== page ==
UK troops receiving 'trigger happy' drug

The Scotsman
Jun. 13, 2007

BRITISH troops are being prescribed with a controversial drug which has been blamed for making US pilots "trigger-happy" and causing friendly fire deaths.

The Ministry of Defence has admitted that it prescribes the amphetamine dexedrine, which is capable of keeping users awake for as long as 60 hours.

While the MoD has refused to say what it uses the Class B drug for, leading narcotics experts say that the main purpose is to keep soldiers awake during special operations. However, they have warned that the substance can be highly addictive.

In addition, the MoD has admitted that it permits soldiers to take a drug called kava-kava, from the South Pacific, which is known to be linked to severe liver damage.

Documents obtained under Freedom of Information provisions show that although the amount the MoD spends on dexedrine is just 32 per year, this is estimated to be enough for several hundred 5mg doses. A typical course will see a user given the pills for about two or three days.

Outwith the armed forces, the amphetamine is used to treat narcolepsy, a condition where sufferers cannot stop falling asleep at random times.

In addition to dexedrine, the MoD dispenses a small number of tablets of ephedrine, which has a similar, though less potent, effect.

The ministry also spends about 3,000 a year on melatonin, a substance which aids sleep, in order to get the body clocks of troops into synch after flying long distances.

Amphetamines have been controversially used by the US Air Force to keep pilots awake on long missions, although the UK has always denied giving the 'go pills' to its pilots.

In 2002, the 'Tarnak Farm incident' saw US fighter-bombers attack a group of Canadian soldiers, killing four and wounding another eight near Kandahar in Afghanistan.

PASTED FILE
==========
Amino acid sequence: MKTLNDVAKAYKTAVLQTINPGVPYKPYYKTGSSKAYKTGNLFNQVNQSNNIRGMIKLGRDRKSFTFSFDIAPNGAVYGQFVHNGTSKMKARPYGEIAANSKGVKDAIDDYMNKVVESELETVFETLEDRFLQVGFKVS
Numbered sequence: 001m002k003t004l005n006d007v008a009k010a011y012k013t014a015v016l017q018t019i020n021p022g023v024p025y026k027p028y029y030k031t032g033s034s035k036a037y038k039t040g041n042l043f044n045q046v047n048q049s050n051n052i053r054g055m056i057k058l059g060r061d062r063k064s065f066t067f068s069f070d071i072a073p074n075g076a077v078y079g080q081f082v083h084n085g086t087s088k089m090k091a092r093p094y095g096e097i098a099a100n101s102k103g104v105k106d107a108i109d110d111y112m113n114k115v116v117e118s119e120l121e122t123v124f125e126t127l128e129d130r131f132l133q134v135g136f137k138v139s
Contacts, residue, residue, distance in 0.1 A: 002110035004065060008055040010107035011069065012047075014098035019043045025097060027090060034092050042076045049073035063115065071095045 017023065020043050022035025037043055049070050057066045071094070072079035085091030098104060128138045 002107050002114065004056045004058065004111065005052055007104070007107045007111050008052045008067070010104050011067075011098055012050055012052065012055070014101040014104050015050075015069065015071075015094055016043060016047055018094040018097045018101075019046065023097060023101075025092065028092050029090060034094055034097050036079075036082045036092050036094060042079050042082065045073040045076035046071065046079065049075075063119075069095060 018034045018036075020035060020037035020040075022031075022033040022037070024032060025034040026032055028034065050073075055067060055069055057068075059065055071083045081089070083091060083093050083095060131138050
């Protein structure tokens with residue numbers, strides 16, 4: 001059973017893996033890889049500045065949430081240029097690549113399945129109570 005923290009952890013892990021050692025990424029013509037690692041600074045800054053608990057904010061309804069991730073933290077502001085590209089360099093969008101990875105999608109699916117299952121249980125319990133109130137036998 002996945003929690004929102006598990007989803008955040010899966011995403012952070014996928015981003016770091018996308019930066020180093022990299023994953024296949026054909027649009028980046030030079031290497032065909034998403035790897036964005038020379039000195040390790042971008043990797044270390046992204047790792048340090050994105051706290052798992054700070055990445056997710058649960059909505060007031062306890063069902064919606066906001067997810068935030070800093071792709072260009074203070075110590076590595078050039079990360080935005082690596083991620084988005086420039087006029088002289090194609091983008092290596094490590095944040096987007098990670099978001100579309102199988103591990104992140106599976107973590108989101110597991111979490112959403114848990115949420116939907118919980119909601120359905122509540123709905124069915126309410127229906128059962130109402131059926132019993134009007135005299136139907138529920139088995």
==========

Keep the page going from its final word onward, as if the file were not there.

During official hearings into the incident, the US pilots testified that they had been ordered to take amphetamines to keep awake. The pilots blamed the pills for their actions.

One leading defence insider said: "There are not many uses for these drugs in the military apart from keeping soldiers awake for long periods. If you need them for narcolepsy then there is not much point in you being in the army.

"Is it operationally justified? Yes - if you are on deep patrol for days at a time then you need to be awake, otherwise you risk getting killed."

Dr Paul Skett, a drugs expert at Glasgow University's Institute of Biological and Life Sciences, said: "It is a matter of concern because these substances are very addictive indeed. They can also make the user aggressive."

The documents also reveal that the MoD has decided to permit the use of kava-kava, which is popular in Fiji and produces a euphoric high, provided local commanders don't believe its use compromises operational effectiveness.

It is usually taken as a drink after being ground to a fine powder and mixed with water.

An MoD policy paper on the substance said: "There is some medical evidence that kava-kava could be detrimental to health, in particular that it can cause severe liver damage."

It added: "Soldiers found to be using kava-kava should be advised of the potential health risks associated with it."

Stuart Crawford, defence analyst and former colonel in the Royal Tank Regiment, said: "Given the number of Fijian soldiers in the army, you could say it's not surprising."

There are an estimated 2,600 Fijians in the British Army.

An MoD spokeswoman said: "Decisions to prescribe medical products are taken for individual clinical reasons by the appropriately qualified service medical professionals."

She added: "Kava-kava is the national drink of Fiji. It is classed as a food and, as such, is a legal substance."

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